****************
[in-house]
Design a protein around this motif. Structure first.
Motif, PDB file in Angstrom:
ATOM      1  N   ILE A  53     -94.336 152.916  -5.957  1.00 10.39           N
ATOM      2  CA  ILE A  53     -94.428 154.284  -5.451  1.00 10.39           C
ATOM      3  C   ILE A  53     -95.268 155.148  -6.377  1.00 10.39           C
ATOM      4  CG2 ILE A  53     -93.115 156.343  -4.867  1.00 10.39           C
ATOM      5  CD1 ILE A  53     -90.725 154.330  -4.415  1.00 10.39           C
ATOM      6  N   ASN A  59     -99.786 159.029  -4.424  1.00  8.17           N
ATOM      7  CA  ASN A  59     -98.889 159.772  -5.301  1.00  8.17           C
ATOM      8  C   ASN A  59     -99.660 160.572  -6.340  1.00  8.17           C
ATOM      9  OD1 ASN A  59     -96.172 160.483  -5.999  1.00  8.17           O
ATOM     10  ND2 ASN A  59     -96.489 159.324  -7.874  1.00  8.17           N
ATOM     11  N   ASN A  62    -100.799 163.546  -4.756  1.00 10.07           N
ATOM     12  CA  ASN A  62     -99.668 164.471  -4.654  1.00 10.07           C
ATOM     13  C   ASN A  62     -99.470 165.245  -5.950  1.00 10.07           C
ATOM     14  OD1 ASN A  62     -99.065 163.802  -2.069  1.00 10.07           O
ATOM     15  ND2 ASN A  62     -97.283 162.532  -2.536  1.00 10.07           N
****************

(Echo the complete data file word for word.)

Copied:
[in-house]
Design a protein around this motif. Structure first.
Motif, PDB file in Angstrom:
ATOM      1  N   ILE A  53     -94.336 152.916  -5.957  1.00 10.39           N
ATOM      2  CA  ILE A  53     -94.428 154.284  -5.451  1.00 10.39           C
ATOM      3  C   ILE A  53     -95.268 155.148  -6.377  1.00 10.39           C
ATOM      4  CG2 ILE A  53     -93.115 156.343  -4.867  1.00 10.39           C
ATOM      5  CD1 ILE A  53     -90.725 154.330  -4.415  1.00 10.39           C
ATOM      6  N   ASN A  59     -99.786 159.029  -4.424  1.00  8.17           N
ATOM      7  CA  ASN A  59     -98.889 159.772  -5.301  1.00  8.17           C
ATOM      8  C   ASN A  59     -99.660 160.572  -6.340  1.00  8.17           C
ATOM      9  OD1 ASN A  59     -96.172 160.483  -5.999  1.00  8.17           O
ATOM     10  ND2 ASN A  59     -96.489 159.324  -7.874  1.00  8.17           N
ATOM     11  N   ASN A  62    -100.799 163.546  -4.756  1.00 10.07           N
ATOM     12  CA  ASN A  62     -99.668 164.471  -4.654  1.00 10.07           C
ATOM     13  C   ASN A  62     -99.470 165.245  -5.950  1.00 10.07           C
ATOM     14  OD1 ASN A  62     -99.065 163.802  -2.069  1.00 10.07           O
ATOM     15  ND2 ASN A  62     -97.283 162.532  -2.536  1.00 10.07           N